Vayetzei: River of Tears

Inner Strength

What does it mean that Leah had “tender eyes”?

Table for Five: Vayetzei

In partnership with the Jewish Journal of Los Angeles

 Edited by Salvador Litvak, the Accidental Talmudist

Leah’s eyes were tender, but Rachel had beautiful features and a beautiful complexion.

Gen. 29:17


Rabbi Chaim Miller, Author “Practical Tanya, Gutnick Chumash.”

The Torah portrays Leah as having a certain depth, which is not immediately apparent in Rachel. Concerned about her future arranged marriage to Esau, Leah cries incessantly (Rashi). We are told nothing about Rachel’s inner world, only about her external beauty.

Perhaps it is this contrast that led the Zohar to identify Leah with the deep, subconscious of soul-power called binah and Rachel with malchut, the most superficial layer of consciousness concerned with physical reality. When we adopt the mindset of malchut, we think, “If I fight with reality, I will lose.” While retaining agency and free choice, we are careful to act within the constraints of societal convention and the pursuit of reasonable goals.

Binah is the part of our psyche that makes it possible for us to re-invent ourselves. Binah’s powers are deep and vast, accessible only through focused inner work and a defiant will.

Leah’s efforts produced results: her tears realigned her destiny. Not only did she become Jacob’s wife, she merited to rest alongside him for eternity in the Cave of Machpelah.

So as we re-read this verse in the Torah this year, we may ask ourselves: Am I going to accept the societal status-quo, or find the courage to defy it? Am I going to own all the parts of myself, or just the bits that other people find “beautiful”? Can I be strong, like Leah, and display my wounds and vulnerabilities to the world?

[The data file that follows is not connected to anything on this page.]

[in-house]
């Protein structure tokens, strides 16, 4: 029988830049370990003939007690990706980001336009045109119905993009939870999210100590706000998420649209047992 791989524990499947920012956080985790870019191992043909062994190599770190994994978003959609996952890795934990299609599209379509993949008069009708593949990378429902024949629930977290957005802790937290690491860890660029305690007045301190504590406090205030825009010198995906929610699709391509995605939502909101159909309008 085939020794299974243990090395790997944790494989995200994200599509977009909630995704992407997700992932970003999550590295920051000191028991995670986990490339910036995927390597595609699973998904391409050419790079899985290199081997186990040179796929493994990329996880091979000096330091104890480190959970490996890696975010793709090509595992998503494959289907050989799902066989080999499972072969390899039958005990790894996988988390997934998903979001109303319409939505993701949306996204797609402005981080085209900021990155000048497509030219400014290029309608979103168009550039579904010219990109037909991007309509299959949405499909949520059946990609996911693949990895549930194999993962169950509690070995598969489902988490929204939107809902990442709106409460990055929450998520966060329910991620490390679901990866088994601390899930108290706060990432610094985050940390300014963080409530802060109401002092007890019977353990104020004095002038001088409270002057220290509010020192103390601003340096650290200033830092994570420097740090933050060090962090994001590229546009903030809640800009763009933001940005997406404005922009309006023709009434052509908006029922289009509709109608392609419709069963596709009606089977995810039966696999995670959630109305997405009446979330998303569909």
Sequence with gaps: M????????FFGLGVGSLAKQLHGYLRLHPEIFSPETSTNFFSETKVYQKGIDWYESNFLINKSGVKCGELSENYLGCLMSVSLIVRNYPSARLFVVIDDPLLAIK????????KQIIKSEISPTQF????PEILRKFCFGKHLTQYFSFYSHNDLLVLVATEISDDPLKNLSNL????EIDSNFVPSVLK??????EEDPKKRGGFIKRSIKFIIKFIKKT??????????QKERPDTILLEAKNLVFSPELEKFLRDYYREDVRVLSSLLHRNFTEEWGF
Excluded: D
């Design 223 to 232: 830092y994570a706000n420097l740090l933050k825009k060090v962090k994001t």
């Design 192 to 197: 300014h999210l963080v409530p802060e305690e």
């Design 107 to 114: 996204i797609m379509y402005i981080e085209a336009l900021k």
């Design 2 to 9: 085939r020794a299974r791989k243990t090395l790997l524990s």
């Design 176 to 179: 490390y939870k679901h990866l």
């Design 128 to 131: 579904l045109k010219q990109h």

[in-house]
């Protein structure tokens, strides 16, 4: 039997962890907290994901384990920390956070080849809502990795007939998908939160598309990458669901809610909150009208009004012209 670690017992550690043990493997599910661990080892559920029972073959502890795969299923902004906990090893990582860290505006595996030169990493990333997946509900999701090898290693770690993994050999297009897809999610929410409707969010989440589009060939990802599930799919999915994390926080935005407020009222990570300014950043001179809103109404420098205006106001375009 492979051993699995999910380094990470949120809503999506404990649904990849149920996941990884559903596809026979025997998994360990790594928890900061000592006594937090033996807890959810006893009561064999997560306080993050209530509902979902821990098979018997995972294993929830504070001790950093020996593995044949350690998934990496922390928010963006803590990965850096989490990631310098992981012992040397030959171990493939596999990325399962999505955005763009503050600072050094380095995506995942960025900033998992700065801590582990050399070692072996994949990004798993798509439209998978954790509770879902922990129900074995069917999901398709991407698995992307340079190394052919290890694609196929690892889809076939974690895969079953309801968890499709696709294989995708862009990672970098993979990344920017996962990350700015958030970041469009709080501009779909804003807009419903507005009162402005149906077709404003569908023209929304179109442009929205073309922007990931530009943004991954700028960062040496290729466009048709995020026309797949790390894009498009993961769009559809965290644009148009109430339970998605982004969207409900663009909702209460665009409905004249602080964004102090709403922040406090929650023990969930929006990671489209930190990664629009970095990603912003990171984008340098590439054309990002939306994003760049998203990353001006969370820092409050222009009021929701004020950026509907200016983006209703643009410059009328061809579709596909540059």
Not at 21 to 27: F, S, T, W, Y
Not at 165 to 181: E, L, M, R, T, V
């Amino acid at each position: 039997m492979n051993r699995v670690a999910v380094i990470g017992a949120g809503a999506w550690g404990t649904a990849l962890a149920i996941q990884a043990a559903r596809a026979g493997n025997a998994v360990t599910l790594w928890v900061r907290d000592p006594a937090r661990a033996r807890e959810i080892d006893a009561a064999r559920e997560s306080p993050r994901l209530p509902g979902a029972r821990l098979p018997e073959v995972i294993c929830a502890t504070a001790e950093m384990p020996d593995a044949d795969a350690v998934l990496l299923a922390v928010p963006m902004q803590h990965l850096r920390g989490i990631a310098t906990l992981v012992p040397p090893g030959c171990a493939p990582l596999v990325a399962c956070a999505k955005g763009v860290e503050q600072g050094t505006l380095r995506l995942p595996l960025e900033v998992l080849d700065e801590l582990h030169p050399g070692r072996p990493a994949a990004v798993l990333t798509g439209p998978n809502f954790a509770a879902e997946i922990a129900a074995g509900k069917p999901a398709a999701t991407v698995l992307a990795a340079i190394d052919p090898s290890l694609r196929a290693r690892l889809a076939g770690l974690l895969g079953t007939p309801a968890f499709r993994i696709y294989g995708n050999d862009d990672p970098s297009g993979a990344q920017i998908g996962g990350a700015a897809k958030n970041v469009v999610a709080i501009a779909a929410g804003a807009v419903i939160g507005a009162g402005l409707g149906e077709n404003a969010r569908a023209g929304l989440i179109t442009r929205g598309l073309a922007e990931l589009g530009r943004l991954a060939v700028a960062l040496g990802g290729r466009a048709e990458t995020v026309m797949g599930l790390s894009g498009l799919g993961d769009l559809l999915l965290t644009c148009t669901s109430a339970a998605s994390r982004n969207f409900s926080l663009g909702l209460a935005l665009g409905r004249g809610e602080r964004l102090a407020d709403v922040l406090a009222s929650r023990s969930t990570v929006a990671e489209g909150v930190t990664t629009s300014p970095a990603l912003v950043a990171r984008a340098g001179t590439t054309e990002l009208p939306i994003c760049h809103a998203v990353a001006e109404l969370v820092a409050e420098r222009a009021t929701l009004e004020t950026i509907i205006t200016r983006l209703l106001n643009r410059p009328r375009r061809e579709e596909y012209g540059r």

Judy Gruen, Author, “The Skeptic and the Rabbi: Falling in Love with Faith.”

Rachel is not the first matriarch noted for her beauty. Both Sarah and Rebecca were also beautiful, but as Rabbi Jonathan Sacks (z”tl) points out, their beauty was mentioned only when they and their husbands dwelled temporarily in the land of the Philistines because of the famine in Canaan. Abraham and Isaac realized that their wives’ beauty would far overshadow the average looks of the local women, making them vulnerable to kidnapping. That is why both Abraham and Isaac claimed that their wives were their sisters.

In contrast, the minute that Jacob lays eyes on Rachel at the well, he kisses her and weeps. It seems to be love at first sight, with the Torah suggesting that Rachel’s beauty dazzled Jacob, sweeping him off his feet. Jacob’s love for Rachel is profound and is mentioned repeatedly, including the explicit statement that he “loved Rachel more than Leah.” No wonder Leah’s eyes were “tender,” a reference to the river of tears she had cried throughout her life from believing she was destined to marry Esau, Jacob’s wild and undisciplined brother. Unable to compete with her better-loved and more attractive sister and rival wife undoubtedly kept the tears flowing.

We learn an important lesson here: The Torah refers to Leah’s “tender eyes,” not saying overtly that Rachel was more beautiful than she was. We need to build people up—especially children–by noting the qualities they do have and not mentioning what they lack.


Yehudit Wolffe, Founder Bais Chana of California and KosherSofer.com

As a people, Jews reached rock bottom, cried, and grieved over the pain of October 7.

Our mother Leah cried for a good reason, her tears were effective, but her beauty was diminished. Our mother Rachel did not cry and was beautiful. Crying is inevitable. However, will we act like victims? Or will we wipe away our tears and act corageously?

When I was a teenager, a day before Israel bombed Iraq’s nuclear reactor, I remember the Lubavitcher Rebbe called for swift action: to drop everything and sell letters in a unity Torah. Since it “gives each soldier the power of 304,805 soldiers…the enemy will be frightened and will not come to the front lines.”